The Pandemic Underscores the Need for Feminist Foreign Policy
By Daniela Sepúlveda Soto | July 27, 2021
Daniela Sepúlveda Soto is a PhD student in political science at the University of Minnesota.
The pandemic has widened gender-based inequalities around the world. UN Women estimates that 47 million women and girls have been pushed into poverty by COVID-19. The Centre for Feminist Foreign Policy reports that the pandemic has fueled an increase in domestic violence, intensified gender labor inequality, postponed sexual and reproductive health care, and limited migrant women’s access to health care.
The countries that have adopted a feminist foreign policy have been particularly aware of these disproportionate impacts on women, especially regarding non-economic impacts. What can we learn from their response to the pandemic? Has the time come for the United States to adopt a feminist foreign policy?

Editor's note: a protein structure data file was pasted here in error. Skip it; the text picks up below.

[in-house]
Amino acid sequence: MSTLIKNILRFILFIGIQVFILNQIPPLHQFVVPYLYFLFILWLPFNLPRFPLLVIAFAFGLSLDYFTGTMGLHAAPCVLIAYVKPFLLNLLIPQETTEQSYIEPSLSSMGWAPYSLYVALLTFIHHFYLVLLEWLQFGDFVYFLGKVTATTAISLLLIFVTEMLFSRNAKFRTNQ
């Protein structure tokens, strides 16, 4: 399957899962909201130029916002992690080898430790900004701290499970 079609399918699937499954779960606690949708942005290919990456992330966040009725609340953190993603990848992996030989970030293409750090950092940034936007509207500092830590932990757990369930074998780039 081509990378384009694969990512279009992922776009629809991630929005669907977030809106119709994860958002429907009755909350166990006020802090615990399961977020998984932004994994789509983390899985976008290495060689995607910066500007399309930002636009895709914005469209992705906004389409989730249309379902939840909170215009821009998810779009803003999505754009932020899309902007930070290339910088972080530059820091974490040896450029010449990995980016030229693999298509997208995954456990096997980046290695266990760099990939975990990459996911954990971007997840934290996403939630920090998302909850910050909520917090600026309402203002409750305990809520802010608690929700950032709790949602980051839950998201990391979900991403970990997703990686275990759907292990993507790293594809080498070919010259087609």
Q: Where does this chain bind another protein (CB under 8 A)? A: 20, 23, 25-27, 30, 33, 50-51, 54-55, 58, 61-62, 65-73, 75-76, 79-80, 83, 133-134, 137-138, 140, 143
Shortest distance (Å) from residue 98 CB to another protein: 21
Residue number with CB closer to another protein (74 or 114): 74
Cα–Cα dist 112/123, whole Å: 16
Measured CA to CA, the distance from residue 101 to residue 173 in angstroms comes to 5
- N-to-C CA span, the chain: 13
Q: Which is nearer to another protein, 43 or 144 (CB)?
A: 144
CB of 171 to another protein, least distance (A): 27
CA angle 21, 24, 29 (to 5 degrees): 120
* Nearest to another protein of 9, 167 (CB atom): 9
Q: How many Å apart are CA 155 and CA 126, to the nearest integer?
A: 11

A Growing Movement in Foreign Policy
A traditional and dominant approach to foreign policy is based primarily on military power and the dynamics of domination. In this context, women not only tend to be a marginalized and underrepresented community in the conduct of foreign policy, but they also tend to suffer differential impacts in all policies and decisions adopted by governments and international organizations.
In general terms, a feminist approach to foreign policy makes this diagnosis explicit and denounces the persistence of gender blind policy responses. Although there is no single, universal definition, a feminist foreign policy promotes gender equality and the development of groups historically marginalized from high politics, stressing the traditional power structures that, under strongly male-dominated schemes, have exacerbated discrimination and inequality at the political, international, and diplomatic levels.